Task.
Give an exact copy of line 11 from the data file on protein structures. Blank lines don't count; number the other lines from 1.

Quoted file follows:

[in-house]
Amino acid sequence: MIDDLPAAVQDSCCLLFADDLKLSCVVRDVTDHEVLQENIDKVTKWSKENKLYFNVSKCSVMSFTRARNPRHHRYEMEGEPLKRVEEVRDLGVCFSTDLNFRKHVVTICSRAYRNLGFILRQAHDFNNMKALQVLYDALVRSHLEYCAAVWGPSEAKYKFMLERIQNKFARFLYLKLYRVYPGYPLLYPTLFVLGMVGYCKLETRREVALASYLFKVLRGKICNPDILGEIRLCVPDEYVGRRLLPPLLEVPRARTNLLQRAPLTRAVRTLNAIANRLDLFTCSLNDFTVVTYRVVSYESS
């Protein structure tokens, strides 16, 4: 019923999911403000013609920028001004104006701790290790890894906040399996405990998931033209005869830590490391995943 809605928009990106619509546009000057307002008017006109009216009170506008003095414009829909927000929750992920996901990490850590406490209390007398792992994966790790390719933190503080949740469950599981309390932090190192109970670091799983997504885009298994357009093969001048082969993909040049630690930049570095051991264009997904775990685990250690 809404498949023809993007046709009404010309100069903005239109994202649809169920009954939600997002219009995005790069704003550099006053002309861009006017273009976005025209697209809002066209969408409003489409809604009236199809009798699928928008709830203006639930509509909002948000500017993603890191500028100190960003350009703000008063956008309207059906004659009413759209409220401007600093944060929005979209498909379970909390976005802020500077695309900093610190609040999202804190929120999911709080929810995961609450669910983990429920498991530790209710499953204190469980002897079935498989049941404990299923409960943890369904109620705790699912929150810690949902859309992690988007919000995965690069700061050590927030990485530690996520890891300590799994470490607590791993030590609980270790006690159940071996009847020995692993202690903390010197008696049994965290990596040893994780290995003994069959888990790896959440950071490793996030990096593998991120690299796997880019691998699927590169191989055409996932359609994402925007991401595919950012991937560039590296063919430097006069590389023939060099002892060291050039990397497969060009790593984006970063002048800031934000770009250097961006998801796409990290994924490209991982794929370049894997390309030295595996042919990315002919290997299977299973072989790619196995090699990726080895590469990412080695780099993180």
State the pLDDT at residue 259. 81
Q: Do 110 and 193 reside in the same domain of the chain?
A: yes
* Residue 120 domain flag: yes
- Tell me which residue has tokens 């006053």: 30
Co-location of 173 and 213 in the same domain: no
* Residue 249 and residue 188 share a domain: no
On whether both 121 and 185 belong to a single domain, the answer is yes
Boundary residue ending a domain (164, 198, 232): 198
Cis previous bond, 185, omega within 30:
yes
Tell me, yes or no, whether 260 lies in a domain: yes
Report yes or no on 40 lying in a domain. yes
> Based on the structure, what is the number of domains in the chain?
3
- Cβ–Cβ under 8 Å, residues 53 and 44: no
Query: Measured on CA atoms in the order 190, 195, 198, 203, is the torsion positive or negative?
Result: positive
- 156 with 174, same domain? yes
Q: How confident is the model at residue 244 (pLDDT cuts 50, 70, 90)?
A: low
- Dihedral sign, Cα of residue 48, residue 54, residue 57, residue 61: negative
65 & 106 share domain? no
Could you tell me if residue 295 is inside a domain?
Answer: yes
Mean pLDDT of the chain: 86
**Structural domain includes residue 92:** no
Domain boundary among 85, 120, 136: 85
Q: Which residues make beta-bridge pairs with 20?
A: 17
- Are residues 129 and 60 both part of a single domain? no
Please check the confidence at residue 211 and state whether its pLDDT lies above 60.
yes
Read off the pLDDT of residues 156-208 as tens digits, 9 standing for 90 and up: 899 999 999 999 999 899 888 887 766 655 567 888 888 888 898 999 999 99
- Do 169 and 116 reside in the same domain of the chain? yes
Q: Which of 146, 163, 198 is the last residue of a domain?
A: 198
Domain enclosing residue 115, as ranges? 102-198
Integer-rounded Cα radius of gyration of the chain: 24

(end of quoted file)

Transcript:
On whether both 121 and 185 belong to a single domain, the answer is yes